An analysis was made of the medical items requested for borrowing from the National Science Library according to type of material, service provided, type of user, and geographical location. The results are given.
A description is given of the SDI service currently provided by the National Science Library, based on Chemical Titles, Chemical Abstracts Condensates, INSPEC, and the ISI tapes. It is hoped to expand this data base with MEDLARS tapes.
The collection development practices of the National Library of Medicine (NLM), with the goal of comprehensive acquisition of biomedical monographs, are compared with those of the resource libraries of the TALON (Region IX) Regional Medical Library. Holdings of two resource libraries in the TALON region, The University of Texas Health Science Center at San Antonio and The University of Texas Medical Branch at Galveston, and of the TALON Union Catalog of Monographs were compared with the NLM CATLINE data base for four subject classes and selected imprint years. Foreign-language coverage is lacking in Region IX, with English-language coverage is lacking in Region IX, with English-language coverage ranging between 70 and 88% of titles listed in CATLINE. Absent English-language material tends to be ephemeral or otherwise out of scope for the resource libraries. Between 7.1 and 18.8% of monographs acquired in each subject class by the two recource libraries are lacking in CATLINE; this represents between 2 and 8% of the CATLINE titles for each class.
The experience of two libraries participating in the SUNY Biomedical Communication Network is described. The history of the Network is briefly given, together with its original aims and their current status. Use of the terminals and formulation of queries are explained. Figures are given for total costs, number of searches performed, and cost per search. There is an account of the internal structure of the administration of the Network.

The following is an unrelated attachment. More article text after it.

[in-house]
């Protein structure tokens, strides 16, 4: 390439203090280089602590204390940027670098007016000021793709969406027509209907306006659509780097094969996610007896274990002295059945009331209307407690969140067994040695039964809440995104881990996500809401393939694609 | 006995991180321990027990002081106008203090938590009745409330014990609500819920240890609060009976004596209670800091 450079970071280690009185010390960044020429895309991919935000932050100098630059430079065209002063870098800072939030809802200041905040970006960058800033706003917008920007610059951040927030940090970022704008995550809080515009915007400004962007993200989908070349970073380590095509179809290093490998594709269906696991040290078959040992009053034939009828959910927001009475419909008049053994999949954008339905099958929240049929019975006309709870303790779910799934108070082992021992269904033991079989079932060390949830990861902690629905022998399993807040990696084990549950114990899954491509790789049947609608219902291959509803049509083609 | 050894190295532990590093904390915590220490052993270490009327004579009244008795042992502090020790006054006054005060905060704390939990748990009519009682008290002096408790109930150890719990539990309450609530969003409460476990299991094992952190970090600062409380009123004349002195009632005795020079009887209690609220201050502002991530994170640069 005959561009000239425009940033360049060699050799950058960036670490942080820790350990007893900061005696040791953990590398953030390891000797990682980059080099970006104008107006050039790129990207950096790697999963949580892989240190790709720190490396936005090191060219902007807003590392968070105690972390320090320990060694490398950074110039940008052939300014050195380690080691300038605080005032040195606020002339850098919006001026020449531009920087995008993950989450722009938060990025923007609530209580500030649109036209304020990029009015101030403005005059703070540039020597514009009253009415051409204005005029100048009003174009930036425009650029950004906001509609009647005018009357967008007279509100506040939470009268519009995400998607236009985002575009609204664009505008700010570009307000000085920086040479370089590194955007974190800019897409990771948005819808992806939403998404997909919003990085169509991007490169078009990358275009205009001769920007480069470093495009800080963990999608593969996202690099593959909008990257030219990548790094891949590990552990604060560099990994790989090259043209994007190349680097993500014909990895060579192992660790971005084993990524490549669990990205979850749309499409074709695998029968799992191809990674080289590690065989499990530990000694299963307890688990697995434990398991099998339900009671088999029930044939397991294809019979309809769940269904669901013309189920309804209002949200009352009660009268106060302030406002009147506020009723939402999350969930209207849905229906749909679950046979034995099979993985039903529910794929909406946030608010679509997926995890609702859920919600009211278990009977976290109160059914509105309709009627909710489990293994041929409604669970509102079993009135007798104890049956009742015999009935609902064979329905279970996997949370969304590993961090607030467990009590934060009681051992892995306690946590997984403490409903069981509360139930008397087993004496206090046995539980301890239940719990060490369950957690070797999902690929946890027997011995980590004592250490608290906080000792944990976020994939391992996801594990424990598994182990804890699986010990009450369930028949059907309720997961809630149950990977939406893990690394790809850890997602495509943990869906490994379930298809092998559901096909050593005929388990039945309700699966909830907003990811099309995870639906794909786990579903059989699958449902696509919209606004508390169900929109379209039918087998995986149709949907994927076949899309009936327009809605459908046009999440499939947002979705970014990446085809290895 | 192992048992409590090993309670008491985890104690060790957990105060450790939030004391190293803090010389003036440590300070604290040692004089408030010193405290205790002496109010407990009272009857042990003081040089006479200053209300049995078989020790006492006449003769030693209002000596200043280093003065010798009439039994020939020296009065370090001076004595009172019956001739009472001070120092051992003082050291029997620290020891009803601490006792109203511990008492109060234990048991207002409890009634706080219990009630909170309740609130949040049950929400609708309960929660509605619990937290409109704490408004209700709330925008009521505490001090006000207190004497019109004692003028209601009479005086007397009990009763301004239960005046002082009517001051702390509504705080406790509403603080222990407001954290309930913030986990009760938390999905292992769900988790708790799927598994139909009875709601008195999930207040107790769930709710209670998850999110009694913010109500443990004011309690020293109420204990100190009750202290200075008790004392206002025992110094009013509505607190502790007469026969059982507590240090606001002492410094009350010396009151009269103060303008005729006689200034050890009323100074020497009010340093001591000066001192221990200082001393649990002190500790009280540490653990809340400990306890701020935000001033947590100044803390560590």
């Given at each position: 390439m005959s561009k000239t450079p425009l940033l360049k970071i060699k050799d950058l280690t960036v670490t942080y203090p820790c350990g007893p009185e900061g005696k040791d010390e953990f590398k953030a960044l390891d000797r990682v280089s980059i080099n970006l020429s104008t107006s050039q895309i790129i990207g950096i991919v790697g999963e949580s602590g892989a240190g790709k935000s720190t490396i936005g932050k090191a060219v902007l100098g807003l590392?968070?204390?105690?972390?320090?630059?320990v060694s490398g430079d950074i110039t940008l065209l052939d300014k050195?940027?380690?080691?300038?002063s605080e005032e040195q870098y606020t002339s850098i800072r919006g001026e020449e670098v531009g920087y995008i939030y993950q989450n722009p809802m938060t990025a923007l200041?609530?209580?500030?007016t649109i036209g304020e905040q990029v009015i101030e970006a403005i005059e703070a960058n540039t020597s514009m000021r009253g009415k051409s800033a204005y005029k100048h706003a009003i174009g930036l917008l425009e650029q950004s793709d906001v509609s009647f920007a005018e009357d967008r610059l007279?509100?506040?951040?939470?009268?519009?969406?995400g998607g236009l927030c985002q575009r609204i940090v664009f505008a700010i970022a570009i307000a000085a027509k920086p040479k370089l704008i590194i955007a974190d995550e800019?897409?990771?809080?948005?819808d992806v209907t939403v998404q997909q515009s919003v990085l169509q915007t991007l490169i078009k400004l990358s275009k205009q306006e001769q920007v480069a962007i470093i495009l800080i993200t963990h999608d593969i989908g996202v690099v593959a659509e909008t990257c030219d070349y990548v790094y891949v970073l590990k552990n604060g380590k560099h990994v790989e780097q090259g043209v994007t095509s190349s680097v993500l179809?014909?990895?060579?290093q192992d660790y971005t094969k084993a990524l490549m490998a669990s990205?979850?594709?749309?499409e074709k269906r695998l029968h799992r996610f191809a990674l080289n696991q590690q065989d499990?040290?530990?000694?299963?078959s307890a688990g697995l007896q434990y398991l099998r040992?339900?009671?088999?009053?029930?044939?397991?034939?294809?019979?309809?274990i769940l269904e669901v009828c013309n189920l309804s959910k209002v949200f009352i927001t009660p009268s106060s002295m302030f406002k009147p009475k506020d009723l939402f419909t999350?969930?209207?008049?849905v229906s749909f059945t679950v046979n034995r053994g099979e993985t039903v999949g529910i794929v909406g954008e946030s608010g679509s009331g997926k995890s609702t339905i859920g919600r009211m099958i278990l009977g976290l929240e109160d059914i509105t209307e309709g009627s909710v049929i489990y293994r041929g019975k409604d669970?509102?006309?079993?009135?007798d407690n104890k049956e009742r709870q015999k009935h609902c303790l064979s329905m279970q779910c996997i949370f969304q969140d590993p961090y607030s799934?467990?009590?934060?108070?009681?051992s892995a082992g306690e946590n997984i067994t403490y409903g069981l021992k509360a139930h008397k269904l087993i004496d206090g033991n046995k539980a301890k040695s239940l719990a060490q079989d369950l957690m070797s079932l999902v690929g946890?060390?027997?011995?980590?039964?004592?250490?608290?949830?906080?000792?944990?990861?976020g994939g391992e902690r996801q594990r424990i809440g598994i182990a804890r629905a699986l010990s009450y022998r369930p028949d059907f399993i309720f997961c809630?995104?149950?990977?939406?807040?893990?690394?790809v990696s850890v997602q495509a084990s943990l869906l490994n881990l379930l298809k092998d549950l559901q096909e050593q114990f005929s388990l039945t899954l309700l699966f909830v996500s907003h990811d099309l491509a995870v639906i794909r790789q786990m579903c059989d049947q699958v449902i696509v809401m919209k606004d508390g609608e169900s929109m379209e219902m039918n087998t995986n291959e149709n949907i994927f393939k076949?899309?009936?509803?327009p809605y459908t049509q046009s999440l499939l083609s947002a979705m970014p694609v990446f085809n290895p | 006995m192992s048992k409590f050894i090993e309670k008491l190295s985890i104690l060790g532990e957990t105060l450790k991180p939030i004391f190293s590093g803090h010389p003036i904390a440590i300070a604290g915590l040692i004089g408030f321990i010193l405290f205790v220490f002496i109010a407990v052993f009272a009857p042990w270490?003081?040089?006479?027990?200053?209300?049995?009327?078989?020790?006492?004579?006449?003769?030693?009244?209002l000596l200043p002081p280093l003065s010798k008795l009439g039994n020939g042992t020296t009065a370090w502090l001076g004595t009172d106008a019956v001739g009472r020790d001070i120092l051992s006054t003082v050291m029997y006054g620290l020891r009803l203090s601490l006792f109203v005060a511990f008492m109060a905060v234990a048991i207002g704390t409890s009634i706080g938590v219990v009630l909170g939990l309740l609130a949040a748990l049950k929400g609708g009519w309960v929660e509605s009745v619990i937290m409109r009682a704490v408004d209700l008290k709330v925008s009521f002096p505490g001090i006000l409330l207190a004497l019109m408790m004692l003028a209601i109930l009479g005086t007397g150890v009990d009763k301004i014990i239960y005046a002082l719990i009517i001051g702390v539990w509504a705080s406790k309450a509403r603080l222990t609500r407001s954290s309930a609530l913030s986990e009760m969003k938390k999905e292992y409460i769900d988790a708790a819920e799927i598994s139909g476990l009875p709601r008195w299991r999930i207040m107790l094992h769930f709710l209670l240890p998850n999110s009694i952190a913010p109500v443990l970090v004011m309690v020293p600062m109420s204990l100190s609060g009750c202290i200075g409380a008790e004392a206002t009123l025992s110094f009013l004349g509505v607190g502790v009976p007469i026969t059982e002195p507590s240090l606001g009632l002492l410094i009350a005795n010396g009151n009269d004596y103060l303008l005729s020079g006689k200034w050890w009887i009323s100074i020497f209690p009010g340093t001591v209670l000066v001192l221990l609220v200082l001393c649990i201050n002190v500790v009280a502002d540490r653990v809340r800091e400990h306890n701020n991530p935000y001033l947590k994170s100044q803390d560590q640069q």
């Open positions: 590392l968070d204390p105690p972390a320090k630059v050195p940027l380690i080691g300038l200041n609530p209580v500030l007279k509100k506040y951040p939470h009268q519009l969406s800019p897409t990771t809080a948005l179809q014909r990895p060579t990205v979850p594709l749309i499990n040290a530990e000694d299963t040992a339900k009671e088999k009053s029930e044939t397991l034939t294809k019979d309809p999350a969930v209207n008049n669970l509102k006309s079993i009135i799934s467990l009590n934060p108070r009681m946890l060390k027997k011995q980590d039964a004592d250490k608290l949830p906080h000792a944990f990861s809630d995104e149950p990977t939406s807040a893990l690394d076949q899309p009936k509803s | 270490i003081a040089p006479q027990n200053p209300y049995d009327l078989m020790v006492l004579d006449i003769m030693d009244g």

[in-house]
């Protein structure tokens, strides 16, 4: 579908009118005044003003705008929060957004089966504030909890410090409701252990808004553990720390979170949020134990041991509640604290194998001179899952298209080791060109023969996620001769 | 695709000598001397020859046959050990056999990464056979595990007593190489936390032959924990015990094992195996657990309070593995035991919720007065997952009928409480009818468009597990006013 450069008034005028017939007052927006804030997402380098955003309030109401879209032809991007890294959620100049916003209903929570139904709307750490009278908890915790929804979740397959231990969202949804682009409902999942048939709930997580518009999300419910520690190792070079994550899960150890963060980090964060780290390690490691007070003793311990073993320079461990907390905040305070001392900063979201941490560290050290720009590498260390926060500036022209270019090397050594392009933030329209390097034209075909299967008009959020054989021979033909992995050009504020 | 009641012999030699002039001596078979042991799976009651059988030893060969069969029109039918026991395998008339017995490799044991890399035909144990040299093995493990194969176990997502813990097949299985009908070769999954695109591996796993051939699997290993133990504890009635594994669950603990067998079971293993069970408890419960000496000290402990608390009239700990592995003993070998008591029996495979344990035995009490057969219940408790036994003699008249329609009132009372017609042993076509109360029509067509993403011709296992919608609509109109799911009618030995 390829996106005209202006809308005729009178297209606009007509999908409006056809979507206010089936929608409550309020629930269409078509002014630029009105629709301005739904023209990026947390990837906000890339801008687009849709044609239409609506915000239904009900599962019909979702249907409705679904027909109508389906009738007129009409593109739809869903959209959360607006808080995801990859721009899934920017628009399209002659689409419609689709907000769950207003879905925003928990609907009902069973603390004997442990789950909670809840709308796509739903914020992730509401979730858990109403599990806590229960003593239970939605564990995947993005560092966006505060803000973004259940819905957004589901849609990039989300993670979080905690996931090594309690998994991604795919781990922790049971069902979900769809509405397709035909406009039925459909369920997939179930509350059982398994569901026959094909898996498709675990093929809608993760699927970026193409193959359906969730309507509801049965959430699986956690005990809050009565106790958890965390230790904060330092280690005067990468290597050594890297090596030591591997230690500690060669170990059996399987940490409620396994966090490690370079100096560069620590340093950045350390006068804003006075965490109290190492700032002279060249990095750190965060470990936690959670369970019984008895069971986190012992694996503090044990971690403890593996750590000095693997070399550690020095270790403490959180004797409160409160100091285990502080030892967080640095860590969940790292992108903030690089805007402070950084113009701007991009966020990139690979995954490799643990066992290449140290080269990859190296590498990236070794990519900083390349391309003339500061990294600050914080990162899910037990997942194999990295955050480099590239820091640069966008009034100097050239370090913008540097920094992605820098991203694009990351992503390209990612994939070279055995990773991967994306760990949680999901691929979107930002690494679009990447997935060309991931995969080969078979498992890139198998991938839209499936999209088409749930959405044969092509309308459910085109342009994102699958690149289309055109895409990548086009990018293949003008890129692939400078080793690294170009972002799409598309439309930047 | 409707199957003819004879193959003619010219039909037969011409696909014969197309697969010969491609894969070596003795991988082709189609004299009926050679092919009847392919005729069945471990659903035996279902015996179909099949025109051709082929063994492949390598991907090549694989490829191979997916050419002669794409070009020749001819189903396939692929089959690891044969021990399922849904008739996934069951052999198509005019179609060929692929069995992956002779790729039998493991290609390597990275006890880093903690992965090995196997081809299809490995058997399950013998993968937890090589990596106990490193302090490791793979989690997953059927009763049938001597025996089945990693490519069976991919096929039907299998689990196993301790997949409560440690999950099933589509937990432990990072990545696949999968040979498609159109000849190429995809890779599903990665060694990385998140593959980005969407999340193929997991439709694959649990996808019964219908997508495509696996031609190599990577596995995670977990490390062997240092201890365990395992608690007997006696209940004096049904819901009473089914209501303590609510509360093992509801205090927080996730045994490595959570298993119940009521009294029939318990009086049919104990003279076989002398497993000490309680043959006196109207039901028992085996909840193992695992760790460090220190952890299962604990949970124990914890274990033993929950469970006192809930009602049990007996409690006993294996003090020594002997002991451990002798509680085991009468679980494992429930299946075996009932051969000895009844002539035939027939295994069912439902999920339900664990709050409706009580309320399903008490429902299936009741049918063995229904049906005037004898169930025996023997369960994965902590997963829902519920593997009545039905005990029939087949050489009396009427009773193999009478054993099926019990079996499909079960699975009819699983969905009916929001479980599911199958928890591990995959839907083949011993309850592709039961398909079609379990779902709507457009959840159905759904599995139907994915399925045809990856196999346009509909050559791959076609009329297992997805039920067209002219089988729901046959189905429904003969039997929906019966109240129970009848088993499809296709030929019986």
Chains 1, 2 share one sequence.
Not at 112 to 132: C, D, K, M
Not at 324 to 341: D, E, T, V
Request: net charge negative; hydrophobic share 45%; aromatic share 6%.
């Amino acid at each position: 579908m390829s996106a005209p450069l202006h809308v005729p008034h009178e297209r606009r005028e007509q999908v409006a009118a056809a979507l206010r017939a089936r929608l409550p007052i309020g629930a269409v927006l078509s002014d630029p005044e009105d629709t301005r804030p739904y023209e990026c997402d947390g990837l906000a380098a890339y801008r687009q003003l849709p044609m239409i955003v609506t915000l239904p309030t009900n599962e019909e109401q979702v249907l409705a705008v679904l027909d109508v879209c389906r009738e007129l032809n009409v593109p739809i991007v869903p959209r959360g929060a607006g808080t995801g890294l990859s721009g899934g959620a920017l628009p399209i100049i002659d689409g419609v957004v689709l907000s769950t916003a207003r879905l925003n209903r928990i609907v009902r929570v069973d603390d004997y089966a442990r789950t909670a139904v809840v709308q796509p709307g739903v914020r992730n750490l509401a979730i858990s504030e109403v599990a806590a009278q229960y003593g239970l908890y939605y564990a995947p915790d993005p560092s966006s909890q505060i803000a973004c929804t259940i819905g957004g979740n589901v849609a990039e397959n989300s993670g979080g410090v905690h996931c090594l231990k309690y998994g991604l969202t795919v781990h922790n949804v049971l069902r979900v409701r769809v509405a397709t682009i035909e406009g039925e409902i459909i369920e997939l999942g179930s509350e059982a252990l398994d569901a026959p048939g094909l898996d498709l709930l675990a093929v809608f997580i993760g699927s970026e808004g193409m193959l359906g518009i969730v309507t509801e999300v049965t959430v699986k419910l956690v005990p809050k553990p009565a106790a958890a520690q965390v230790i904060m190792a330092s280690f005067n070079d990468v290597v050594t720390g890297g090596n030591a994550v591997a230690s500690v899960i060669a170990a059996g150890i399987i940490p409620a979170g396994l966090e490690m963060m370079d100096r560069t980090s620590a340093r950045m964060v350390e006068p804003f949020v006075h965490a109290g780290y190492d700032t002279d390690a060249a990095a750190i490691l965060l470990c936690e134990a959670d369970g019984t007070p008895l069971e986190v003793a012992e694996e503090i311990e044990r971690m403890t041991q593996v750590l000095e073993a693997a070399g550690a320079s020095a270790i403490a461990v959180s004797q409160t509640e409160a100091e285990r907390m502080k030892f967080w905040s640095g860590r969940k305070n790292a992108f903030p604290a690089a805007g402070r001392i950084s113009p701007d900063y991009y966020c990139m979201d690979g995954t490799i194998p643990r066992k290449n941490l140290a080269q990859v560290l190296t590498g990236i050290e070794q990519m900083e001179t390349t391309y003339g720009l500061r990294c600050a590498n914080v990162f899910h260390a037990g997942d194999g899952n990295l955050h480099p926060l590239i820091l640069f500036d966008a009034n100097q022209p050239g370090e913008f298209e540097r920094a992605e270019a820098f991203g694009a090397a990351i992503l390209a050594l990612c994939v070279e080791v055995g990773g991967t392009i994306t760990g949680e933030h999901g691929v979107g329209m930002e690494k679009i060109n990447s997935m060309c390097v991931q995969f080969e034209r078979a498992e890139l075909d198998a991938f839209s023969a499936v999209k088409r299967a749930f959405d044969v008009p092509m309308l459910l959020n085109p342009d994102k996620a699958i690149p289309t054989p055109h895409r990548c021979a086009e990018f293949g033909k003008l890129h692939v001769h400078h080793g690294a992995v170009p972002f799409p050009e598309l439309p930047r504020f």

Before 1970, library facilities and services at the small hospitals in rural Vermont were essentially nonexistent. Similar findings were later encountered along the Connecticut River in New Hampshire and in a small area of upstate New York. The Hospital Library Development Services program was established at the University of Vermont's Dana Medical Library to improve these conditions. Financial assistance was received from the National Library of Medicine, and by the end of 1974, thirty-three hospitals had staffed libraries. Earlier that year it has been decided to begin emphasing cooperation among the developing libraries, including the production of union lists and regular meetings of staff members from geographically proximate hospital libaries to plan and implement various activities. An additional one-year award from NLM was received in 1975. Results achieved during and after the period of grant support are reported. Cooperation among hospital libraries is seen as a feasible and beneficial undertaking provided that the participating libraries are internally supported and developing.
In March 1981 the Consortium for Information Resources (CIR) was chosen by the Massachusetts Health Sciences Library Network to develop and automate a statewide biomedical union list of serials. Employing a commercial processor, ANSI standard Z39.42-1980, and SERLINE, CIR consolidated the journal holdings of six Massachusetts health-related library consortia. SERLINE, with its unique identifier as the single control element, governed the form of entry and bibliographic data for each journal. Additionally, SERLINE enhanced the union list by providing "see references" and general notations to map users to main titles or special information. An original feature of this union list is the "rolled" holdings and location statements intended to encourage even distribution of interlibrary loan transactions. The resulting union list of serials includes the holdings of 116 Massachusetts libraries, 94 of which are hospital libraries. The list includes nearly 3,000 unique titles and 15,000 holdings statements; production costs averaged $1.35 per unique title and 27 per holdings statement.